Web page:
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Er..is this the same Andrew Thomas as last time?
on 8 April 2014
Having given Hidden in Plain Sight 2 the most emphatic 5 star review I've ever given any book, I was most disappointed in this third title. The preface promised a book reading like a murder mystery with a final twist, but I didn't find any significant insights in it. I kept waiting for the punchline and then suddenly found myself at the end of the book. As far as I can tell, the final twist is that time is involved in the definition of energy (which is the time component of the momentum 4-vector) and therefore the universe would be very different without it - not really much of an original insight to my mind.
Most of the material that I hadn't already seen in many other books on the subject (time dilation, block universe etc) was either incomplete or just wrong. Two examples
- The reason why we can't remember the future is given that events that are outside the light cone in our past are space-, rather than time-like, But what about events that are inside our future light cone. Those ARE connectable to us via light rays, so why (in principle) can't we remember them? If the answer is "well, light can't go back in time", then isn't this just begging the question?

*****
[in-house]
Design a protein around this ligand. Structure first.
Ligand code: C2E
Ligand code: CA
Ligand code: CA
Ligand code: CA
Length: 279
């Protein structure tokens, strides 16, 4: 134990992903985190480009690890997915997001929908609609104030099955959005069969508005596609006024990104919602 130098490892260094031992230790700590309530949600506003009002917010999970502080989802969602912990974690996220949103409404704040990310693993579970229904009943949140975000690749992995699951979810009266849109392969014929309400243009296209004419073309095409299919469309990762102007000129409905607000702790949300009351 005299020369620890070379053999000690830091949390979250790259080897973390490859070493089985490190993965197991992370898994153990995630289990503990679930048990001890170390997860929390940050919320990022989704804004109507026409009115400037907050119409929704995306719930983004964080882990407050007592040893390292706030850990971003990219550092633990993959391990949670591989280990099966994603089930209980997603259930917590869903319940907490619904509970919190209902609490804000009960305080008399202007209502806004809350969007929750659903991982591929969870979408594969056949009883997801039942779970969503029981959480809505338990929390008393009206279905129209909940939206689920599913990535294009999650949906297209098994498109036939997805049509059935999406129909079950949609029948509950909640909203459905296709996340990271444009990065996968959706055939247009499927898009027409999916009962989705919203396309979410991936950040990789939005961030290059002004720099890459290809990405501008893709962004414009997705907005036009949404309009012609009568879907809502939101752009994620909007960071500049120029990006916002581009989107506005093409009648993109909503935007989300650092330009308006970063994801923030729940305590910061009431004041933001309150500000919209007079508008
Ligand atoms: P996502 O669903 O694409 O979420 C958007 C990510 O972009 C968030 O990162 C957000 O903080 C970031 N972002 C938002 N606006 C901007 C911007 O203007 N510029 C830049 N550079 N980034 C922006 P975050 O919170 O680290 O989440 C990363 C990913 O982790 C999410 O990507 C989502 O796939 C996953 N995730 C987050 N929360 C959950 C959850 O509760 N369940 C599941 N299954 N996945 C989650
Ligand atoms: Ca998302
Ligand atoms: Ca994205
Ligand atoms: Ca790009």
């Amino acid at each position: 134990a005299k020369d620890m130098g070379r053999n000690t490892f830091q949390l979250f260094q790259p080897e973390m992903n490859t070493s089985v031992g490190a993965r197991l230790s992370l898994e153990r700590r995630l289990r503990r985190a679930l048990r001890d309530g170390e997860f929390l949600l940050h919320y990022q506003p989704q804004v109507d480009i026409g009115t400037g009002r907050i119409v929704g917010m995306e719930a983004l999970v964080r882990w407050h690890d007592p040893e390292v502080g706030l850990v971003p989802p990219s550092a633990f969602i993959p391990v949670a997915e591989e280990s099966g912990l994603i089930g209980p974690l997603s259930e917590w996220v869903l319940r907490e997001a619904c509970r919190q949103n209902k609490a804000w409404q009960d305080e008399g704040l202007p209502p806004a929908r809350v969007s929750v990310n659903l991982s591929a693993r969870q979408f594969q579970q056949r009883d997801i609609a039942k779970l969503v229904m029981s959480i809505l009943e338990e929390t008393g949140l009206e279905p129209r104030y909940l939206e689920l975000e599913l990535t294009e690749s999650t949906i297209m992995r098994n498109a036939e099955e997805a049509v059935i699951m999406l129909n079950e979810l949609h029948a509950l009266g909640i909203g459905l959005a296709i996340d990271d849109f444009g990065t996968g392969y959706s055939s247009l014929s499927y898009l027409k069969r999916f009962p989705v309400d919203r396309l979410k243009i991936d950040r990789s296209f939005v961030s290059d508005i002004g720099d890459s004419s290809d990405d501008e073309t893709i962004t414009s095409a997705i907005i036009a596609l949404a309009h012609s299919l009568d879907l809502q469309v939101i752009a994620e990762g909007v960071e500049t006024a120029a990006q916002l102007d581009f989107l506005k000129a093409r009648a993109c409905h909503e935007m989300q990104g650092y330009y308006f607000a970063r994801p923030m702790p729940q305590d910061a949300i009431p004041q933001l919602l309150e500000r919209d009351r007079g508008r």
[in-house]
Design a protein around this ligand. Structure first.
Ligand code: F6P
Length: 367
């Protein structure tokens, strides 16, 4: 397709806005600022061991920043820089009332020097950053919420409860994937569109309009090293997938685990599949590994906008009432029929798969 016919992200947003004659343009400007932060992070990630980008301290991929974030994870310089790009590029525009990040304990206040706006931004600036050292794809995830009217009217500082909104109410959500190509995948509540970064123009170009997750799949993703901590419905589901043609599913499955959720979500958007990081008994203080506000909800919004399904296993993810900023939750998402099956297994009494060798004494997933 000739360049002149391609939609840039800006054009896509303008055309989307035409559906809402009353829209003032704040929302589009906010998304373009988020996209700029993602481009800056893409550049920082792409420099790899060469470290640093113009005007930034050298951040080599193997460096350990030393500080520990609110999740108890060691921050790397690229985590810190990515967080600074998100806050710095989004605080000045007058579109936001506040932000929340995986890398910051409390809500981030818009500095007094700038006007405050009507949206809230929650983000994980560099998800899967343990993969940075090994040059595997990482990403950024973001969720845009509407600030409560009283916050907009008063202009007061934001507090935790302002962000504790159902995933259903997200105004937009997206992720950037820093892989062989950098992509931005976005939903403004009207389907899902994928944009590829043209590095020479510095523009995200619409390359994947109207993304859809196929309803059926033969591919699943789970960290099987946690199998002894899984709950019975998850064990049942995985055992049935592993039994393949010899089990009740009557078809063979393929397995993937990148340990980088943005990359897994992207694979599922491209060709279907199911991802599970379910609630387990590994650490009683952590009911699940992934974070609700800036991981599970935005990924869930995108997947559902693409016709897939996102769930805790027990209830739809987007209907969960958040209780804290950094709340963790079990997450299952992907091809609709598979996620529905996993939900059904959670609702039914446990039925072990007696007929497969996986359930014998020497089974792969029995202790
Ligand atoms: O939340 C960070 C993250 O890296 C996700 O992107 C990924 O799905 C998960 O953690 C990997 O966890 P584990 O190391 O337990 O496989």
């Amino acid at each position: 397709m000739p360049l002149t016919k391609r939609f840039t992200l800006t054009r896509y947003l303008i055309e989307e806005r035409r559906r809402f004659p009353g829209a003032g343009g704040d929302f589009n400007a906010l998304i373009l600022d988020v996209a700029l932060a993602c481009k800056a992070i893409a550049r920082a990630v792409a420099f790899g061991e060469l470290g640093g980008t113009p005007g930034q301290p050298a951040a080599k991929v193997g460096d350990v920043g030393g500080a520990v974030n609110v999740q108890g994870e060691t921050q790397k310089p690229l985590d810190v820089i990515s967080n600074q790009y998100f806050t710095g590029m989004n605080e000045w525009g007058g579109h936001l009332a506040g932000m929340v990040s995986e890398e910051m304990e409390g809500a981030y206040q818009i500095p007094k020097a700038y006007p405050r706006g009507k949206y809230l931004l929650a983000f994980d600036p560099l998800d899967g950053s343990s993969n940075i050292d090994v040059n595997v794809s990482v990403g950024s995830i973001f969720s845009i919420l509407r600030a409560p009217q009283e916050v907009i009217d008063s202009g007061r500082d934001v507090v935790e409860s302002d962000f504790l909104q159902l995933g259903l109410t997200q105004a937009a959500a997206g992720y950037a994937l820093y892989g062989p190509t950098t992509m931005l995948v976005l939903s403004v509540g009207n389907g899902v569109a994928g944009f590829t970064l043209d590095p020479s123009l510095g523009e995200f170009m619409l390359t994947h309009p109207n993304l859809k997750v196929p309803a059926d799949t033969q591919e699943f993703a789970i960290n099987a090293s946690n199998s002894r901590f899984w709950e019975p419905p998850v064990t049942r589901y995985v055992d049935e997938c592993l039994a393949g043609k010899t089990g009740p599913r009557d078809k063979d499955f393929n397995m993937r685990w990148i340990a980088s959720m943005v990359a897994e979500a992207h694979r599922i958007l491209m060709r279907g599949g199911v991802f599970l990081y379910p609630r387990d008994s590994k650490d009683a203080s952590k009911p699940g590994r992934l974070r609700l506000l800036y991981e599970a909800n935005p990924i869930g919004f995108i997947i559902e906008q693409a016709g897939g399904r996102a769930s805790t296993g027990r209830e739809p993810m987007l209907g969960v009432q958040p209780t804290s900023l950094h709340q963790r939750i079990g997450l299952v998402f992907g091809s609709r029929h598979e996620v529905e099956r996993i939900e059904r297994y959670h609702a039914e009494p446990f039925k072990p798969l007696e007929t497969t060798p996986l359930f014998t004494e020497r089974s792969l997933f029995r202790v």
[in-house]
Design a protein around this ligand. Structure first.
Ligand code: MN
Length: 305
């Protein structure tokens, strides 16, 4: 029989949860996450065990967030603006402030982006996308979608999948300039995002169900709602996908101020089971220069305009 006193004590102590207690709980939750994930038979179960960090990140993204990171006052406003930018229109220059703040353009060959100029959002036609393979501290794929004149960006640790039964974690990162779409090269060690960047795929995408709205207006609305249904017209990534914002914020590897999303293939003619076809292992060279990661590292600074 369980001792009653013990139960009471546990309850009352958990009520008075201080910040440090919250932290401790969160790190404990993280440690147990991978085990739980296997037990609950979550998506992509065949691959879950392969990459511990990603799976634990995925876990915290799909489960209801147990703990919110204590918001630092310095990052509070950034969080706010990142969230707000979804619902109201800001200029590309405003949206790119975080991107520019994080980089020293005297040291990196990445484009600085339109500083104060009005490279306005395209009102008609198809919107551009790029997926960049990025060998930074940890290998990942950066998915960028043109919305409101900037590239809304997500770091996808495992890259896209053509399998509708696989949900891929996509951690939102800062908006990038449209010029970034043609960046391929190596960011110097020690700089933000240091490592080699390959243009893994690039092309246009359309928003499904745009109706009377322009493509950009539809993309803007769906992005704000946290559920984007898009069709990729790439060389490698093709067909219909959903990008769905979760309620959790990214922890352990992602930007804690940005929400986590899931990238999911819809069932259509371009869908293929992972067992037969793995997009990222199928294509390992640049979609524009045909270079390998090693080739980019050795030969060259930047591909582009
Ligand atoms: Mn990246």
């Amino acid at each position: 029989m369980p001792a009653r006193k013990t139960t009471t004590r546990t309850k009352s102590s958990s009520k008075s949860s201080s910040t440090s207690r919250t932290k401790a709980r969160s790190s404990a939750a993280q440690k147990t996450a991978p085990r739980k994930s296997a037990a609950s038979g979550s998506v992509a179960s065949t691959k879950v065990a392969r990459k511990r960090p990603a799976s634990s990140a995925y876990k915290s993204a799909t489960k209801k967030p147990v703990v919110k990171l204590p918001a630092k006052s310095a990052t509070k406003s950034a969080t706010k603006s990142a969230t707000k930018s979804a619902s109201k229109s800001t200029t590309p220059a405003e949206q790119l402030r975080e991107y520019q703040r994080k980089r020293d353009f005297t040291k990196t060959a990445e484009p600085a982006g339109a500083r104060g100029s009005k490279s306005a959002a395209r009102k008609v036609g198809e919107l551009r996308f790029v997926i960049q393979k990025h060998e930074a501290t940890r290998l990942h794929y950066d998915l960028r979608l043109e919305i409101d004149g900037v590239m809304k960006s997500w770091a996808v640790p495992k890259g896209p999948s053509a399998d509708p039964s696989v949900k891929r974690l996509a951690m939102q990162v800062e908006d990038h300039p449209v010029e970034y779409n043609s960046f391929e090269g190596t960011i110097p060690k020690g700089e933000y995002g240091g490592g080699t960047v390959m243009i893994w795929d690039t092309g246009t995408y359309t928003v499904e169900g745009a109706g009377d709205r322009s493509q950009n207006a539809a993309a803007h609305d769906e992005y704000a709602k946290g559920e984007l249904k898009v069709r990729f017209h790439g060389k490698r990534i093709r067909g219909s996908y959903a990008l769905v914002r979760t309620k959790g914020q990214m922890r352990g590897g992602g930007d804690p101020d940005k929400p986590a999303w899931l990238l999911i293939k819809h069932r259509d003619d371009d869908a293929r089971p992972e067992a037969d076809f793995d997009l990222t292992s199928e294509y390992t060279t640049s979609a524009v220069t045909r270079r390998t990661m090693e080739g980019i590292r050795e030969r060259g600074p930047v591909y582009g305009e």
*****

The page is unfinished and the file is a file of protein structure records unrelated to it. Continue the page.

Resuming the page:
- He has a bit of a superior dig at a certain Dr Walker (a medical practitioner looking into the problems of immortality), saying "perhaps someone might introduce him to the concept of what we might call "developmental entropy"", later going on to say on the subject of why new life doesn't refute the second law of thermodynamics, "I do not believe the solution to this question which is generally presented [that the second law is applicable to closed systems, and a human being is not a closed system] is the correct solution", going on to say that babies have lower entropy than their parents because they have fewer degrees of freedom. Well - yes, in the same sense that a single atom in my body has lower entropy than all the rest of it. To do a meaningful comparison of the entropy of a baby and its parents, you should include that of all the carbon in the CO2 in the air, and the minerals in the soil, that are eventually going to go into that baby as an adult. I think it'll be fair to say that the entropy of the baby looks pretty high if you do that, and the conventional explanation (that its the low entropy of food and ultimately of the sun, that allows for the life of any one individual and for the evolution of life as a whole to exist) still looks pretty robust to me.
There is an interesting theme on the subject of why the present seems more important to humans (and indeed to any data processing entity, including computers) than the past. I would have liked to see more discussion of how the difference between the past and future arises from, say, the quantum mechanical arrow of time and if possible where that arrow of time might come from.
Bottom line: if you've paid 99p, you're probably getting your moneys worth. Just